Answer transcript: Having multiple folios is an operational aspect of investing in mutual funds. There might have been a small advantage in the past - if you buy into a fund in more than one folio and you have gains in some folios and losses in others, you can choose which ones to sell depending on their tax efficiency. If your investments are in a single folio, the principle used for taxation is first in - first out. The units you have bought first are considered to be sold first from a tax point of view.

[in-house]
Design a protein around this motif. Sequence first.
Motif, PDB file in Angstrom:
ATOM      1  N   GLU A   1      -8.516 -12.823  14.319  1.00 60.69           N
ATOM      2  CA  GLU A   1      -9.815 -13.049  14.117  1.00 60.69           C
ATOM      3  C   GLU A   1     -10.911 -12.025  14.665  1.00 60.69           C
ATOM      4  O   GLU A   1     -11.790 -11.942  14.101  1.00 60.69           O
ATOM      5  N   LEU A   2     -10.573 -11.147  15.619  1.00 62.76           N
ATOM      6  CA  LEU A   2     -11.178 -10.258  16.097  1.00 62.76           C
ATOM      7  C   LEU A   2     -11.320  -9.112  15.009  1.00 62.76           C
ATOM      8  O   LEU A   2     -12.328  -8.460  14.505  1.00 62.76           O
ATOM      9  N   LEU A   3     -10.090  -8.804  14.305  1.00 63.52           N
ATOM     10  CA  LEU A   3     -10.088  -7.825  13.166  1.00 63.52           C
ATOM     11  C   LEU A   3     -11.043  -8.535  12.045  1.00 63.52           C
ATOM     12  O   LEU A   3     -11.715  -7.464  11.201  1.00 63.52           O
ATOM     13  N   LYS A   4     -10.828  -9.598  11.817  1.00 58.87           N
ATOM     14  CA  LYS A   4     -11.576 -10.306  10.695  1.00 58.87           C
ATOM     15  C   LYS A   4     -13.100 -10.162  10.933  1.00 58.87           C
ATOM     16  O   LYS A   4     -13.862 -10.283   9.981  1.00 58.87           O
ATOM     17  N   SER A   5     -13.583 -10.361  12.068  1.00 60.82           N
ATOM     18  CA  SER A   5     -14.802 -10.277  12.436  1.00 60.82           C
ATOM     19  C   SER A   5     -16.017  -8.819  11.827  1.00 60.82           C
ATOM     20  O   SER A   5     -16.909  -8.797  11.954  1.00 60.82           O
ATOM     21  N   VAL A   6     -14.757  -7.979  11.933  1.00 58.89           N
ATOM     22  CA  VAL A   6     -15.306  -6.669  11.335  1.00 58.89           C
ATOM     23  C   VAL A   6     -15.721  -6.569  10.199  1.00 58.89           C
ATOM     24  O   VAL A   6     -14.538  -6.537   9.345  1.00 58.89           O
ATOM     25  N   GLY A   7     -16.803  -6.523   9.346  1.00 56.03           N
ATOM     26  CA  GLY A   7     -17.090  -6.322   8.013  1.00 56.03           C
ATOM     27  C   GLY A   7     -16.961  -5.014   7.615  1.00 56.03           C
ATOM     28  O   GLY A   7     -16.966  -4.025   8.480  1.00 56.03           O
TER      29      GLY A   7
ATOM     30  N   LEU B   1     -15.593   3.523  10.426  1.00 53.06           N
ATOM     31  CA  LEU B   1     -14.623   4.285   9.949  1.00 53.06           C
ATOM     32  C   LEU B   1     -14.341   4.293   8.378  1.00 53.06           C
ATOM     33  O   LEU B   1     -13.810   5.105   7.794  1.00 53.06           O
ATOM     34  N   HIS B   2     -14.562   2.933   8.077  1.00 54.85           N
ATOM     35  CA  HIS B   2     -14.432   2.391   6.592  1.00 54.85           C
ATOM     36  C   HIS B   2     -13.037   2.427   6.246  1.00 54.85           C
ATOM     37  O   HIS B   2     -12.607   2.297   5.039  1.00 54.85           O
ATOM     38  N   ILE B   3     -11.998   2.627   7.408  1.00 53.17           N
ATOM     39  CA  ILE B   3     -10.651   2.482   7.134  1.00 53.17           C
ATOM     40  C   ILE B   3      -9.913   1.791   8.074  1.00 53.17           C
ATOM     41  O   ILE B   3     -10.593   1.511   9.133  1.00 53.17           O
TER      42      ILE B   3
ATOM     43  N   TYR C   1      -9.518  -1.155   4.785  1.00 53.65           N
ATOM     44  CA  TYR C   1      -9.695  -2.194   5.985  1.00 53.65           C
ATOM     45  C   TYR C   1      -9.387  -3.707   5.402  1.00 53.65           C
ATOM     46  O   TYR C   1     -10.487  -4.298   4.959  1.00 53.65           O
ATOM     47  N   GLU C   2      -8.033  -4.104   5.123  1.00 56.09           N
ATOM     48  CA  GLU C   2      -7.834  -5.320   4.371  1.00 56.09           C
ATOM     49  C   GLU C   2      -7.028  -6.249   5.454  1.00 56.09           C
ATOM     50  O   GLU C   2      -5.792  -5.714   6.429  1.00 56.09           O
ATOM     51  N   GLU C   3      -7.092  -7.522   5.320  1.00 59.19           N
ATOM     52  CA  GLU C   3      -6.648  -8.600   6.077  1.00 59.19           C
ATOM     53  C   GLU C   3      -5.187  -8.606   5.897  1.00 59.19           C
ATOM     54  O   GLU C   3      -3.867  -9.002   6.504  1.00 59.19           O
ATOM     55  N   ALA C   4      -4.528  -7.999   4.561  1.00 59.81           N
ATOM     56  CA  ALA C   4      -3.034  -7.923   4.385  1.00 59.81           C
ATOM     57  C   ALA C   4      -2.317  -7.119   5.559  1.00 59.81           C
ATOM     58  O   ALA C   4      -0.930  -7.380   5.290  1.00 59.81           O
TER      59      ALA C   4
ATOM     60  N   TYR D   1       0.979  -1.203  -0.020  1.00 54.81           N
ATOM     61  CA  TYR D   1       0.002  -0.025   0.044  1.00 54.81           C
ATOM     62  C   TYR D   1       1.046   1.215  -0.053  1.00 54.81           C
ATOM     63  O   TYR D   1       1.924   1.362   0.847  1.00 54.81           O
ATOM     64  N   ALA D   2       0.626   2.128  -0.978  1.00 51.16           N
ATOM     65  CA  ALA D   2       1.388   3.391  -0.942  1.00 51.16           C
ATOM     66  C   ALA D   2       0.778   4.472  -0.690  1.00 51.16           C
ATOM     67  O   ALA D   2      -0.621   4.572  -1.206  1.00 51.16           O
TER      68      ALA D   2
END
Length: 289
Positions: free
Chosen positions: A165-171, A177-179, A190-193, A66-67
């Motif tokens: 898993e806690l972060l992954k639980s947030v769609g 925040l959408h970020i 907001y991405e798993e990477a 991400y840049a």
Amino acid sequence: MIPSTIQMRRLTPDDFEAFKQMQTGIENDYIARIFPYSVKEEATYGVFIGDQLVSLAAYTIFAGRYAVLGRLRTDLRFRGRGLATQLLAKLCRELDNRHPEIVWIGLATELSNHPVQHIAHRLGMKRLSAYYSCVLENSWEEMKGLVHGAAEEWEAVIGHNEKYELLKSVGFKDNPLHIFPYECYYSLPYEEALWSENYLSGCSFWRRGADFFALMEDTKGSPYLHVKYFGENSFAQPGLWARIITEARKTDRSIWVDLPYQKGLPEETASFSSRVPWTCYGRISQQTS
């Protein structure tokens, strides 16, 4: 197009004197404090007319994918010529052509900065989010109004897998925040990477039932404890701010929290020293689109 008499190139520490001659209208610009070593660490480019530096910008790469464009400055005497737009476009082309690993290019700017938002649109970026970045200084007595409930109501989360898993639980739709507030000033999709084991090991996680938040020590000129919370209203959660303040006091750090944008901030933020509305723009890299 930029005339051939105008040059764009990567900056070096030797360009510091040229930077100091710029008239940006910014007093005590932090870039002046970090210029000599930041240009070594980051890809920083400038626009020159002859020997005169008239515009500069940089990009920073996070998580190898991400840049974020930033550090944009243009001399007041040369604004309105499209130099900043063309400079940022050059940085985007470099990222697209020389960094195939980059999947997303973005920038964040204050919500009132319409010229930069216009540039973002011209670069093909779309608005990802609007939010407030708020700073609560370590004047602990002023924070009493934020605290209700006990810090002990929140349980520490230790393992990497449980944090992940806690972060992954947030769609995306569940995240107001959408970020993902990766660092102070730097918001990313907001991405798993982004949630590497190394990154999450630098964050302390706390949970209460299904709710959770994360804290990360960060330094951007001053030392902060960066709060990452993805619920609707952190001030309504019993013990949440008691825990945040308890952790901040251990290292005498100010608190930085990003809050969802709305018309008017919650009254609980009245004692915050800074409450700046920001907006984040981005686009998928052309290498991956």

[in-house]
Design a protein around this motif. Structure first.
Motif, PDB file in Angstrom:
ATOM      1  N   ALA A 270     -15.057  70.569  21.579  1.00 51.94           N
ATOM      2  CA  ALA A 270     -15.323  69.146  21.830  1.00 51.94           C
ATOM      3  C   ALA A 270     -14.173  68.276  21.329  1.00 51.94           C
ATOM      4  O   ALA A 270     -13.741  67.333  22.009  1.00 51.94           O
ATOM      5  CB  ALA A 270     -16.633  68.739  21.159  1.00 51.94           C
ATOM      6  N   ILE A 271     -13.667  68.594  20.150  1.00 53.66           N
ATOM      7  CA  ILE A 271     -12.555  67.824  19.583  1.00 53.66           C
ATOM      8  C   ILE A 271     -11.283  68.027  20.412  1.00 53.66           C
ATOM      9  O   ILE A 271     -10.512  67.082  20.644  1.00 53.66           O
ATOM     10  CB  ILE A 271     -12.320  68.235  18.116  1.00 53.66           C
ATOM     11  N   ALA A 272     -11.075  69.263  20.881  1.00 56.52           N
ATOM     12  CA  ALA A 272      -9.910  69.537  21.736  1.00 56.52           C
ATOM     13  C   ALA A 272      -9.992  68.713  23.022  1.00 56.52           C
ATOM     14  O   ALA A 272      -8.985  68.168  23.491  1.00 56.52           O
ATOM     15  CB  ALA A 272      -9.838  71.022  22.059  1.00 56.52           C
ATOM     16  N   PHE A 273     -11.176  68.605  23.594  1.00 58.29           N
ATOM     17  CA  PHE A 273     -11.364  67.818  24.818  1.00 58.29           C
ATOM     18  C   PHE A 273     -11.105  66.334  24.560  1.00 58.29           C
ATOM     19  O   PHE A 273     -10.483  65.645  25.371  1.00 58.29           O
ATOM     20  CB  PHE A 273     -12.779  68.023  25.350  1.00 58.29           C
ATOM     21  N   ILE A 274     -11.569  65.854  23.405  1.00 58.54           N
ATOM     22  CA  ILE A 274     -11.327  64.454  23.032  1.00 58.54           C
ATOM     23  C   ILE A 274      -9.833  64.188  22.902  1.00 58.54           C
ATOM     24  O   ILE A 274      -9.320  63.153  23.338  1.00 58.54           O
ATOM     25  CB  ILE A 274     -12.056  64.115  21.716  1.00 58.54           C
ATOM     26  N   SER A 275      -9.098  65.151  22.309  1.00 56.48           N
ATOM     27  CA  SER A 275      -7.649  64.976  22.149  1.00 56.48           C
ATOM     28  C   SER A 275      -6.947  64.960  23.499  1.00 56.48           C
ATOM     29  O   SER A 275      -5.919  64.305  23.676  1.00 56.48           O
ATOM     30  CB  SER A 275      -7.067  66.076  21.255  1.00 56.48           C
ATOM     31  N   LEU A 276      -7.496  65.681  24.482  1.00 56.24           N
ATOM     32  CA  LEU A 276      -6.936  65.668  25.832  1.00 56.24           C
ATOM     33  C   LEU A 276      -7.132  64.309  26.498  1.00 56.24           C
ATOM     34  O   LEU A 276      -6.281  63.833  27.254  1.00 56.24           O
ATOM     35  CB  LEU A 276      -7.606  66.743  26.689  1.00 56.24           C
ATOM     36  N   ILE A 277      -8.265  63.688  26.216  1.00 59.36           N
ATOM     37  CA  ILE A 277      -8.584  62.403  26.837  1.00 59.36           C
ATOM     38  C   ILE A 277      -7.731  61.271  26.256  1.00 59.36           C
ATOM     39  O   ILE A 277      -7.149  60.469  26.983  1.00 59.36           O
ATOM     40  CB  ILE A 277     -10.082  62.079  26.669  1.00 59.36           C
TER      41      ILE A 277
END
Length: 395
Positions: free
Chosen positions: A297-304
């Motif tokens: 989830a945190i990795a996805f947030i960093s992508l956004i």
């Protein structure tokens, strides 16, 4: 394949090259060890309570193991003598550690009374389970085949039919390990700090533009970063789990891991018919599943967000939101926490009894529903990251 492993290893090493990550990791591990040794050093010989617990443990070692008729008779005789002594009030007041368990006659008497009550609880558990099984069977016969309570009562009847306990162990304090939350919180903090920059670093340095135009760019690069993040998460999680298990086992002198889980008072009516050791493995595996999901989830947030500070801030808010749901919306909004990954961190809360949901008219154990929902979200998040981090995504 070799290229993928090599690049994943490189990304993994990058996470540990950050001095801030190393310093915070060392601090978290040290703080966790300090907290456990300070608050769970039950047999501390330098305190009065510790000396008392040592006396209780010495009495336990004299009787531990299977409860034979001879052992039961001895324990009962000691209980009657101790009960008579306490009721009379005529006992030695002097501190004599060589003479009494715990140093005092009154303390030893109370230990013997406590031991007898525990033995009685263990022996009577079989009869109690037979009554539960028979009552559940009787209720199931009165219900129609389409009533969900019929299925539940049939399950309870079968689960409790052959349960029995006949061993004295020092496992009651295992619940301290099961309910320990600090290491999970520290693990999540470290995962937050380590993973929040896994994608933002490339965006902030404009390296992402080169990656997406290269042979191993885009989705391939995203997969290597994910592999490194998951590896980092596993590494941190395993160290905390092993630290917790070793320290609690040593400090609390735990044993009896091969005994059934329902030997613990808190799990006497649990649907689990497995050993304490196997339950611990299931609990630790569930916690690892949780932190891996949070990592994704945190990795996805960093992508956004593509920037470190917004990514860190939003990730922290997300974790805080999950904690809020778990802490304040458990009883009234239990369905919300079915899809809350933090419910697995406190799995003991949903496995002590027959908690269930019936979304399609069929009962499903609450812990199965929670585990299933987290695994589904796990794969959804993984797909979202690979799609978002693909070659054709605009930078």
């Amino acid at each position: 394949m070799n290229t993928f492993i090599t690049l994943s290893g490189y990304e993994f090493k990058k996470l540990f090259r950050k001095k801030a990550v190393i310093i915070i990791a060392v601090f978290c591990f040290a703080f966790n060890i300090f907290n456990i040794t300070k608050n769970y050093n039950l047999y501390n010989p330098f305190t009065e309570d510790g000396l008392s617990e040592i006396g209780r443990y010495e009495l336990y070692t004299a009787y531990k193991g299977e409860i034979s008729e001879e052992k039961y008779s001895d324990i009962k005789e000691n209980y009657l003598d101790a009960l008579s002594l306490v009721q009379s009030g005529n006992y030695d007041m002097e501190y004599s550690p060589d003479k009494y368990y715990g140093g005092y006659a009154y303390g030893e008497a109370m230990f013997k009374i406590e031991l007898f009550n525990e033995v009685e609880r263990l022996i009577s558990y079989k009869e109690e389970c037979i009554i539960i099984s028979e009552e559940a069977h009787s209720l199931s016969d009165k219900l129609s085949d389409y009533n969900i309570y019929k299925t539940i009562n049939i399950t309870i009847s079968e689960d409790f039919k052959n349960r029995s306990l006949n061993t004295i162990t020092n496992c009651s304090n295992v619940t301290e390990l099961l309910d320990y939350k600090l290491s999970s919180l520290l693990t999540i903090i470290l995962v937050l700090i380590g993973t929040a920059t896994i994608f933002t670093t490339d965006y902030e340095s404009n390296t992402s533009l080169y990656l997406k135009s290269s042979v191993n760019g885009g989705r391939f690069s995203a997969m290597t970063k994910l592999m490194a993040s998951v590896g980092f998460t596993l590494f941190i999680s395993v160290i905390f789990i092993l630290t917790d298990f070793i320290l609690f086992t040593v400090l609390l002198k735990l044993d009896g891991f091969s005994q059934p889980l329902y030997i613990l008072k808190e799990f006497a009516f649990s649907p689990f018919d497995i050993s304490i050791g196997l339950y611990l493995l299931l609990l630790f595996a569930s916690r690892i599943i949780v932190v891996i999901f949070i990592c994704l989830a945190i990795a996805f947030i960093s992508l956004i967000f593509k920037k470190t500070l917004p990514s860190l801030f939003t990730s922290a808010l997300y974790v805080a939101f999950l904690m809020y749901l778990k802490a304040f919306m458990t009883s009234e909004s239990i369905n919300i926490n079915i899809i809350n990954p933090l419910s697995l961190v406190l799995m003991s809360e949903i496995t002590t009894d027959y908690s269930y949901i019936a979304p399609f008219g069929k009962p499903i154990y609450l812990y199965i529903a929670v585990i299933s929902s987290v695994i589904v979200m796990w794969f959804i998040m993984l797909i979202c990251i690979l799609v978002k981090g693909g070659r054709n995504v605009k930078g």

If you have held your investments for more than one year, it is not relevant. Investing in equities should anyway be a long term endeavour and it is therefore advisable to prune your folios. However, you do not need to conduct any transactions to do this. For administrative convenience, MFs give you a facility where all your folios are consolidated in a master folio. Alternatively, if you open an account with MF Utilities (which is free), you can tag all your folios across fund companies giving you a unified view. The risk of losing an investment because you have lost track of it, can thus be eliminated.